The Seattle Symphony, now presenting its 109th season, has gained international prominence with more than 140 recordings, twelve GRAMMY nominations and two Emmys. The 2011–2012 season is the inaugural year for Music Director Ludovic Morlot, who was appointed to the position in 2010. The Seattle Symphony performs in one of the world's finest concert venues — the acoustically superb Benaroya Hall in downtown Seattle — and is recognized for its innovative programming, devotion to the classics, and extensive recording catalog. From September through July, the Symphony is heard live by more than 315,000 people. For more information on the Seattle Symphony, visit

--Patrick Gullo, Kirshbaum Demler & Associates

Music Institute of Chicago Presents Violinist Cyrus Forough February 18
The Music Institute of Chicago presents acclaimed violinist Cyrus Forough in concert Saturday, February 18 at 7:30 p.m. at Nichols Concert Hall, 1490 Chicago Avenue, Evanston.

Forough, joined by pianist Tatyana Stepanova, will perform Bach's Ciaccona from Partita No. 2 in D Minor for solo violin; Beethoven's Sonata for Piano and Violin in A Major, Op. 30, No. 1; and Franck's Sonata for Violin and Piano in A Major.

About Cyrus Forough:
Laureate of the Tchaikovsky International Violin Competition and Music Institute artist faculty member Cyrus Forough has performed in recital and with orchestras throughout four continents including command performances for international dignitaries. A prominent representative of the Franco-Belgian school of violin playing, he is a professor at Carnegie Mellon University and a visiting professor at the Eastman School of Music.

Cyrus Forough performs Saturday, February 18 at 7:30 p.m. at the Music Institute of Chicago's Nichols Concert Hall, 1490 Chicago Avenue, Evanston. Tickets are $25 for adults, $15 for seniors and $10 for students, available at or 847.905.1500 ext. 108.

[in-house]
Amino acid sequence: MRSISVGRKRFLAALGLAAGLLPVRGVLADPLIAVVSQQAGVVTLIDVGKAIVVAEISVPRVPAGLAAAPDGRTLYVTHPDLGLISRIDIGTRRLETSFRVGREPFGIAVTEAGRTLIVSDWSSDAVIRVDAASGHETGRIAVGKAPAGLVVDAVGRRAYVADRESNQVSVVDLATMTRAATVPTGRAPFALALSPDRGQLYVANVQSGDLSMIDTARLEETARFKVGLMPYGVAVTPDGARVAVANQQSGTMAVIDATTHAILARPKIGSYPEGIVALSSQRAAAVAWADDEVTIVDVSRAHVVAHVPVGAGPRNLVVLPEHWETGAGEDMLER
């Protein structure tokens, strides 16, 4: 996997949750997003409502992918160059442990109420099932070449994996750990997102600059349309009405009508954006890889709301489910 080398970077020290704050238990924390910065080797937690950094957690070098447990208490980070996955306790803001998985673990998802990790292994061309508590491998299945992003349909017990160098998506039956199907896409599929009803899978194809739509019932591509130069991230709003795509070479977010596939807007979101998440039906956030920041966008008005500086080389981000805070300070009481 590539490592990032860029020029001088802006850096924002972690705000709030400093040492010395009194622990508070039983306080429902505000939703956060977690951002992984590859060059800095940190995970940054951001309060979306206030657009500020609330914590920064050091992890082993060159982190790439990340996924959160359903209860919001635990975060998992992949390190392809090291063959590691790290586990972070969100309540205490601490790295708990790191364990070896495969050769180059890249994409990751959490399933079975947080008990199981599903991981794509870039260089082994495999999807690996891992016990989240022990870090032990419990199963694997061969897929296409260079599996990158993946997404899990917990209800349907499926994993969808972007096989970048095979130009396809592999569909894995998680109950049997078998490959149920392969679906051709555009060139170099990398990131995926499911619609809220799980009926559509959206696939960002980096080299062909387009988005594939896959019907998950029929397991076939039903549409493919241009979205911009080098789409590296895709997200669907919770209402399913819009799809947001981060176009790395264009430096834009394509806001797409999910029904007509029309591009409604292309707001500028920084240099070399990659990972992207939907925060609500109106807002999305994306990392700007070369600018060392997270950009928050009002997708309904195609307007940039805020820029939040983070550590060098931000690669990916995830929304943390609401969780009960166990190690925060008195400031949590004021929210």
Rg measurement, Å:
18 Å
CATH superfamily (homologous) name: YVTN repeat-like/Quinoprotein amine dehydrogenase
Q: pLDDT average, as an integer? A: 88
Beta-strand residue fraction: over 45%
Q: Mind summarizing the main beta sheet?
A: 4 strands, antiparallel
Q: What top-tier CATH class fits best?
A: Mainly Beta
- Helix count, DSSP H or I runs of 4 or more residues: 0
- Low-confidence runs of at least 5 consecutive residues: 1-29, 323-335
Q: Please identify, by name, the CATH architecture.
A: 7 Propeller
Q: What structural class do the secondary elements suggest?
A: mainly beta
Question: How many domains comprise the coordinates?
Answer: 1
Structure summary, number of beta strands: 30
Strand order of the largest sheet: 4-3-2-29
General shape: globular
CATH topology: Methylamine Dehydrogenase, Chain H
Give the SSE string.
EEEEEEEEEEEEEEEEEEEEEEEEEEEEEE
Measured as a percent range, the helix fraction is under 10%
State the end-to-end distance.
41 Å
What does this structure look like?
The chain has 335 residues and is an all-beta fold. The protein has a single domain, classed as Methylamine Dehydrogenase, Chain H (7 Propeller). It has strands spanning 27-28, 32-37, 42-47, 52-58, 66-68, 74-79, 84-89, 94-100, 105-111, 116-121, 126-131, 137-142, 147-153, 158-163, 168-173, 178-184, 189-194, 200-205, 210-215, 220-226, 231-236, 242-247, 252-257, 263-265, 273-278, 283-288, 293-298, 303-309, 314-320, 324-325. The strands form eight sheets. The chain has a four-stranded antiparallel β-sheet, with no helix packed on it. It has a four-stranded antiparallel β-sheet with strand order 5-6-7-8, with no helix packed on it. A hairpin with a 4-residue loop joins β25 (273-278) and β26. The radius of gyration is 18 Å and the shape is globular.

--Jill Chukerman, JAC Communications


  1. Excellent roundup, thanks for share. :)

  2. Just came across this, thanks for posting!
    (Serena Harnack's mom) :-)


Meet the Staff

Meet the Staff
John J. Puccio, Editor, Publisher, Reviewer

Understand, I'm just an everyday guy reacting to something I love. And I've been doing it for a very long time, my appreciation for classical music starting with the musical excerpts on The Big John and Sparkie radio show in the early Fifties and the purchase of my first recording, The 101 Strings Play the Classics, around 1956. In the late Sixties I began teaching high school English and Film Studies as well as becoming interested in hi-fi, my audio ambitions graduating me from a pair of AR-3 speakers to the Fulton J's recommended by The Stereophile's J. Gordon Holt. In the early Seventies, I began writing for a number of audio magazines, including Audio Excellence, Audio Forum, The Boston Audio Society Speaker, The American Record Guide, and from 1976 until 2008, The $ensible Sound, for which I served as Classical Music Editor.

Today, I'm retired from teaching and use a pair of bi-amped VMPS RM40s loudspeakers for my listening. In addition to writing the Classical Candor blog, I served as the Movie Review Editor for the Web site Movie Metropolis (formerly DVDTown) from 1997-2013. Music and movies. Life couldn't be better.
Karl W. Nehring, Contributing Reviewer

For more than 20 years I was the editor of The $ensible Sound magazine and a regular contributor to its classical review pages. I would not presume to present myself as some sort of expert on music, but I have a deep love for and appreciation of many types of music, "classical" especially, and have listened to thousands of recordings over the years, many of which still line the walls of my listening room (and occasionally spill onto the furniture and floor, much to the chagrin of my long-suffering wife). I have always taken the approach as a reviewer that what I am trying to do is simply to point out to readers that I have come across a recording that I have found of interest, a recording that I think they might appreciate my having pointed out to them. I suppose that sounds a bit simple-minded, but I know I appreciate reading reviews by others that do the same for me -- point out recordings that I think I might enjoy.